Nearly 5,600 students at a Tampa-area school district are in isolation or quarantine, as the number of COVID-19 cases in the state continues to skyrocket amid a nationwide surge.
For the first time since February, the United States reported more than 900,000 COVID-19 cases last week—with the country represented 20% of global cases—a sign the pandemic surge caused by the Delta (B1617.2) variant has stalled the progress made by an aggressive vaccine rollout that dampened cases this spring and summer.
Cases are on the rise in 46 states, according to USA Today. Hot spots continue in Florida, Louisiana, Texas, Oregon, Hawaii, and Mississippi. Oregon reported 11,564 cases in the week ending Friday, the paper said, topping its December pandemic peak by more than 7.2%.
The United States reported 38,482 new COVID-19 cases yesterday and 382 deaths, according to the Johns Hopkins COVID-19 tracker. The 7-day average of new daily cases is 130,218, according to the Washington Post tracker. New cases have risen 16.8% in the past week, while deaths have climbed by 23.6% and hospitalizations by 14.9%.
This is a long-standing problem. Over decades and under different management/ownership, Windalco has received multiple breach notices and are currently the defendants in a legal case filed by the National Environment and Planning Agency (NEPA) over a 2019 discharge into the river which resulted in a massive fish kill and several persons falling ill.
After preliminary tests, NEPA has stated that Windalco is likely responsible for Monday’s fish kill in the Rio Cobre. They have said that Windalco is in breach of the Wild Life Protection Act and the Agency is contemplating legal action against them. The repeated nature of these offences suggests a lack of respect for Jamaica’s environmental laws and regulations and the human rights of those who have been negatively affected.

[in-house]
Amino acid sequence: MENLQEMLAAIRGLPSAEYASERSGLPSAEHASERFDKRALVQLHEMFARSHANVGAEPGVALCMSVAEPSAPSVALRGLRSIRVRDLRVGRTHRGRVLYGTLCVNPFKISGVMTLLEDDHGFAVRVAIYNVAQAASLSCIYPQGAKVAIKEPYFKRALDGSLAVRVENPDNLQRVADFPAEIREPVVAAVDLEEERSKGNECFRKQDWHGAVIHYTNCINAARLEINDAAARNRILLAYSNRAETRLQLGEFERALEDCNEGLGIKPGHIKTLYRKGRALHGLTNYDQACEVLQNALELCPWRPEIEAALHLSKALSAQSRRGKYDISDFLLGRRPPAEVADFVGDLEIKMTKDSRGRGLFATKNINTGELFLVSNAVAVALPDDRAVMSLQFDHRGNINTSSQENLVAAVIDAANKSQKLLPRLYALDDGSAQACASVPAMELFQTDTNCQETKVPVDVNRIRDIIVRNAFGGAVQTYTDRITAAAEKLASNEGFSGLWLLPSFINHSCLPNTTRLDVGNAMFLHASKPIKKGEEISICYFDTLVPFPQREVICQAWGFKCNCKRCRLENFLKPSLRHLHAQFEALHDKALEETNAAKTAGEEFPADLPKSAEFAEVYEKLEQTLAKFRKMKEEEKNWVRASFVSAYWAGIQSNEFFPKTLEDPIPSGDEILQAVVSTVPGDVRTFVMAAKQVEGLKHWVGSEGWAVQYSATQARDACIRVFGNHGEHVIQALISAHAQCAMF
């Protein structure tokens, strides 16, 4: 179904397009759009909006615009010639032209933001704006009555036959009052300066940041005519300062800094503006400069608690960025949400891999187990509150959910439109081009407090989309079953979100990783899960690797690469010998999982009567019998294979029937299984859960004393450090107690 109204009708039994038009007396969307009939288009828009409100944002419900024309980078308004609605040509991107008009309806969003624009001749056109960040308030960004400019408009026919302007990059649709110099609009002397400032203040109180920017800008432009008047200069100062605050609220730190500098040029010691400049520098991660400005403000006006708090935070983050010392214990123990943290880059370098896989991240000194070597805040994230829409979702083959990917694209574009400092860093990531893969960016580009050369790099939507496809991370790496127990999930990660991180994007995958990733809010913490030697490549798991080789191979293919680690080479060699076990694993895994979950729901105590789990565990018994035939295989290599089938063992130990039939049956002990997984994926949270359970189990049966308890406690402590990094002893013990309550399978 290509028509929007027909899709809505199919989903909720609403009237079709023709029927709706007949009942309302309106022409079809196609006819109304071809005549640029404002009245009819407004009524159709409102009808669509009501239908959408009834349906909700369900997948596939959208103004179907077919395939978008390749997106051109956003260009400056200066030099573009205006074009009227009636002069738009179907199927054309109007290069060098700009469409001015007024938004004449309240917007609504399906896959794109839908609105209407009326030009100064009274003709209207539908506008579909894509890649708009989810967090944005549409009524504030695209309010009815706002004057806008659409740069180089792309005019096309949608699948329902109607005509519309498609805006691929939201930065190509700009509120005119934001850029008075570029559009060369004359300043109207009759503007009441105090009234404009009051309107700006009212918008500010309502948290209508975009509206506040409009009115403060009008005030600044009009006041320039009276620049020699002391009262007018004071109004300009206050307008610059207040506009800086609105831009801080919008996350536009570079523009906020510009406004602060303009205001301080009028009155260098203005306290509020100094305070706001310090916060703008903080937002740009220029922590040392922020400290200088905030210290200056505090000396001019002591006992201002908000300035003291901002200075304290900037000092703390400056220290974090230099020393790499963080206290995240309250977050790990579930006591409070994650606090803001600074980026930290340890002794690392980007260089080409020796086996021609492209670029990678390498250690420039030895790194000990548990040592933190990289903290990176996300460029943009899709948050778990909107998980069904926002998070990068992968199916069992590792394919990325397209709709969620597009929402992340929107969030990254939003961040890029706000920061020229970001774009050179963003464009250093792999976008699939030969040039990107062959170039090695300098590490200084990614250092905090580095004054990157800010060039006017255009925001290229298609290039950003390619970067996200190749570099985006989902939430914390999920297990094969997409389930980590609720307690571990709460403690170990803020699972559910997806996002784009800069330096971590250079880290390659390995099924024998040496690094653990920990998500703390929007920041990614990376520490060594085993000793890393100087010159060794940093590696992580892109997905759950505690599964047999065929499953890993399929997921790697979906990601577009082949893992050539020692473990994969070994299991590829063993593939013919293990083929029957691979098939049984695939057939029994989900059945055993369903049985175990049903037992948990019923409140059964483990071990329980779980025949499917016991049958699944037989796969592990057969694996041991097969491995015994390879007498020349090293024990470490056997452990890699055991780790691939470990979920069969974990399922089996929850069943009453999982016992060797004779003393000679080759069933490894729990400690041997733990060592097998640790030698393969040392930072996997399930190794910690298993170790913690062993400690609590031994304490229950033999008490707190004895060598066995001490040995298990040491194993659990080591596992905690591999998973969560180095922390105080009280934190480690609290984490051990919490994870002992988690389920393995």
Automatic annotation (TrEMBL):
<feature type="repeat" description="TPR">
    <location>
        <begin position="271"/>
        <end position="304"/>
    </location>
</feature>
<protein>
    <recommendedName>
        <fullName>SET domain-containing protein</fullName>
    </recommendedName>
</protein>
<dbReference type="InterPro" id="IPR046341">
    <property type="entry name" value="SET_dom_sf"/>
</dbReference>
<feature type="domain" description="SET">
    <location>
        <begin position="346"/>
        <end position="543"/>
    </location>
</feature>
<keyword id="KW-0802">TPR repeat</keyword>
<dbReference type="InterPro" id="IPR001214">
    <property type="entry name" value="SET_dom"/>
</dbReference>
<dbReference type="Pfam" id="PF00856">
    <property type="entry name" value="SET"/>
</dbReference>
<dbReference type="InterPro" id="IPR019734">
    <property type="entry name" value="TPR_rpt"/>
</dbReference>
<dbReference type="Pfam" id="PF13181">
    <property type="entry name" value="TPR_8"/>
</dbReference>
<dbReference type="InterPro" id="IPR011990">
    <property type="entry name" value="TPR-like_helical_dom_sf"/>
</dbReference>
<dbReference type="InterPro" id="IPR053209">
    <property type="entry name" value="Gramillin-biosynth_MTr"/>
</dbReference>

We don’t need to wait until we are feeling blue
We can use less of the cars that will pollute the air
With an increase in recycling and the reduction in greenhouse gas emissions we could see an impact
We could see reduced pollution as we try to get rid of the climate crisis and all the problems we are now facing
We will start working towards it, when we believe
Earth is our only home and we need to try to make our future bright
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At the end of March, without announcement or explanation, the Texas Supreme Court allowed that order to expire. Confused, Patronella called the court for guidance—was he supposed to enforce the CDC moratorium or not?
“They said no,” he says. “The Supreme Court felt that the state of Texas should get out of the business of reviewing those affidavits and that that was something between the landlord and tenant.”
So he started allowing evictions to continue, even when the tenant complied with the federal law and presented a declaration saying they were covered by the CDC’s moratorium. By July 31, when the CDC’s national moratorium expired, only 12 percent of tenants in his courtroom had been able to successfully invoke the order to stay in their homes, according to January Advisors, a data analytics company based in Houston.
An 18-year-old woman tested positive on Saturday after traveling by bus to Abidjan from neighboring Guinea. It is Ivory Coast’s first confirmed case of Ebola in 25 years.